If you have found yourself falling for any of these safari myths, don’t worry. If you have never been to Africa, it is natural to have a few doubts about what to expect. Luckily, you don’t have to let these myths standing in the way of experiencing a once-in-a-lifetime adventure. To help you get a better idea of what lies ahead on an African safari, we have put together a list of some of the more common safari myths to ignore.
The Biggest Kruger National Park Safari Myths to Ignore
Some of the biggest safari myths to ignore include the following:
MALARIA IS A MAJOR CONCERN.
There is a minor risk of malaria during the wet season. Just to be safe, take a course of anti-malaria medication before you leave. This is the simplest way to enjoy a holiday without worrying about malaria. Avoiding bites is another simple strategy. Try a good repellent cream and wear lightweight long sleeved tops to minimise the risk of bites. If you’re concerned about other flying and crawling creatures, you’ll be glad to know that Rhino Post Safari Lodge’s luxury safari suites feature mosquito netting that ensures a peaceful sleep.
YOUR SAFARI IS RUINED IF YOU DON’T SPOT THE BIG 5.
Everyone wants to spot the famous Big 5, and we completely understand the excitement that guests feel on spotting elephant, rhino, lion, leopard or buffalo. But, as majestic as these big game species are, there are many other wonders to spot on game drives that are equally incredible. Giraffe, cheetah, warthog, zebra, crocodile, antelope, hundreds of bird species, and many other species await. Your guide will point out various sights on every safari adventure so that you don’t miss a thing.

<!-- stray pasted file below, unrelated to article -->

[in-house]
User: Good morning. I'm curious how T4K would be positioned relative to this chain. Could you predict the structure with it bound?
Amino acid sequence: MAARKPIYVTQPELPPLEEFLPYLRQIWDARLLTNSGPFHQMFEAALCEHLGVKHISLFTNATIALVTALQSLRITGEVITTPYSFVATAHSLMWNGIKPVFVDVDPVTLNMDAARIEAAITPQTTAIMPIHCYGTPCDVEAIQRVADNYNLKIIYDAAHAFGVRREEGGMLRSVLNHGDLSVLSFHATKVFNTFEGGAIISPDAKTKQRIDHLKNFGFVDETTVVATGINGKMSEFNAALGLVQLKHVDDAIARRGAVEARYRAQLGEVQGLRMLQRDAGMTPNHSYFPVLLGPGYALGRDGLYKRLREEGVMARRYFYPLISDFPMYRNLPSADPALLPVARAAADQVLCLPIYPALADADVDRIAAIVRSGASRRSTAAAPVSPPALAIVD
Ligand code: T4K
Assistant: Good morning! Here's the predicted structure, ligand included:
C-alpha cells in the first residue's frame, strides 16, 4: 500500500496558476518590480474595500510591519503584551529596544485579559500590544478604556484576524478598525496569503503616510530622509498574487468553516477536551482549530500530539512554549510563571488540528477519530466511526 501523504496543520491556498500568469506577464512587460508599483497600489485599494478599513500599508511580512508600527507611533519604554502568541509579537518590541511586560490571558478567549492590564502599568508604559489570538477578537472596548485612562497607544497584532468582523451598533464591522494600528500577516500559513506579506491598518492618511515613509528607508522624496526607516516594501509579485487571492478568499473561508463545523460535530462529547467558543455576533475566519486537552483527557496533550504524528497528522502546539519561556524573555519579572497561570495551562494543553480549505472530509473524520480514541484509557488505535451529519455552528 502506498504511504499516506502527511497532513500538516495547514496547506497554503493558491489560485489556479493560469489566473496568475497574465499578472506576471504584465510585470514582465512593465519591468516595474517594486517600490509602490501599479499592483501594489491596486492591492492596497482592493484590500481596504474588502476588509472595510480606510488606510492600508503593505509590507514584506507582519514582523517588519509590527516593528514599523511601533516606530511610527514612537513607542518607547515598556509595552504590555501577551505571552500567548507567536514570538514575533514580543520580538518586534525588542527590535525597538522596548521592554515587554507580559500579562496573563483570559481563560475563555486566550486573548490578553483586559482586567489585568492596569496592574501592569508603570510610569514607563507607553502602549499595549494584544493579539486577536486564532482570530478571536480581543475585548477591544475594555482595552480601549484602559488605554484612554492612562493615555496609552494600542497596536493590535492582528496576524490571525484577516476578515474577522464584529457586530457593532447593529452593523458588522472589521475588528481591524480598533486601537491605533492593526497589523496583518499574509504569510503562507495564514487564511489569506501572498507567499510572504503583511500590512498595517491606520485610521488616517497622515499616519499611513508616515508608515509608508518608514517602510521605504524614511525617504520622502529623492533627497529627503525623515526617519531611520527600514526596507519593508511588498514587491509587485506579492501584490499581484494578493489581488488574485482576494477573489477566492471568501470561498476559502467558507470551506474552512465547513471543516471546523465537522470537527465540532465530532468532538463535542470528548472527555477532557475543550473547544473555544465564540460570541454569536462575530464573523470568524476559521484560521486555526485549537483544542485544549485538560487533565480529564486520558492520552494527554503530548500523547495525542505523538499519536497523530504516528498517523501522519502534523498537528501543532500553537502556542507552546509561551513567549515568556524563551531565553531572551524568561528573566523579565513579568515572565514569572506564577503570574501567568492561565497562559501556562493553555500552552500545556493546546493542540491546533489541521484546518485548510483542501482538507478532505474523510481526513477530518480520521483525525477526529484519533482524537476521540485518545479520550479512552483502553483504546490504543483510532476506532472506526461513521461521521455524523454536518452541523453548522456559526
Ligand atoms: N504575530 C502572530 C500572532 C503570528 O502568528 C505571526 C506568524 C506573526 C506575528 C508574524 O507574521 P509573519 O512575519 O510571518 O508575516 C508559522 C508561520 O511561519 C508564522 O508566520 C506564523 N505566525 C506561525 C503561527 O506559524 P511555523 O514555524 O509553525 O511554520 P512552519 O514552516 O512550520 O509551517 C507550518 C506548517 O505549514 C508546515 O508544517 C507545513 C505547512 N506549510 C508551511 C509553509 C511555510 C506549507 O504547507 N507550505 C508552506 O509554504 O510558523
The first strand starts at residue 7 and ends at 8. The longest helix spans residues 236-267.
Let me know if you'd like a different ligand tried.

SAFARIS ARE TOO DANGEROUS FOR CHILDREN.
Many visitors are concerned about Africa being a rather dangerous place for family holidays. In reality, safaris are safe for everyone – even children of six years and over. The best way to ensure that you and your family stay safe throughout your trip is to listen to your guide, stay in your vehicle and keep basic precautions in mind. Rhino Post Safari Lodge has been designed to ensure optimal safety, with raised suites that are open but protected. Guides are on hand to answer questions you may have, while the lodge staff are also always there to assist in making you feel at home.
ANIMALS CAN BE PETTED.
That’s not to say that Kruger National Park is anything like a petting zoo. Stepping outside of the safari vehicle, trying to touch any animal or bird you encounter, swimming in non-swimming areas and treating any wildlife you see with anything other than respect is never a good idea. All wild animals should be treated with the respect that they deserve. This ensures a safe, pleasant experience for everyone – humans and animals alike.
YOU NEED TO BE RICH TO ENJOY A SAFARI.
If you thought that safaris were reserved for the super rich, you will be pleased to know that many world-class lodges are more affordable than you may think. You could consider off-peak months to save even further. Generally speaking, the busiest times for safaris in Kruger are the year-end holidays, especially around December and early January. The cooler winter months around the middle of the year can be more affordable, with plenty of game to spot near water holes as this is the dry season.
We hope that this clears up any confusion about what to expect. If you have any additional safari myths you would like busted, be sure to book your very own Kruger safari to experience the magic of Africa in person.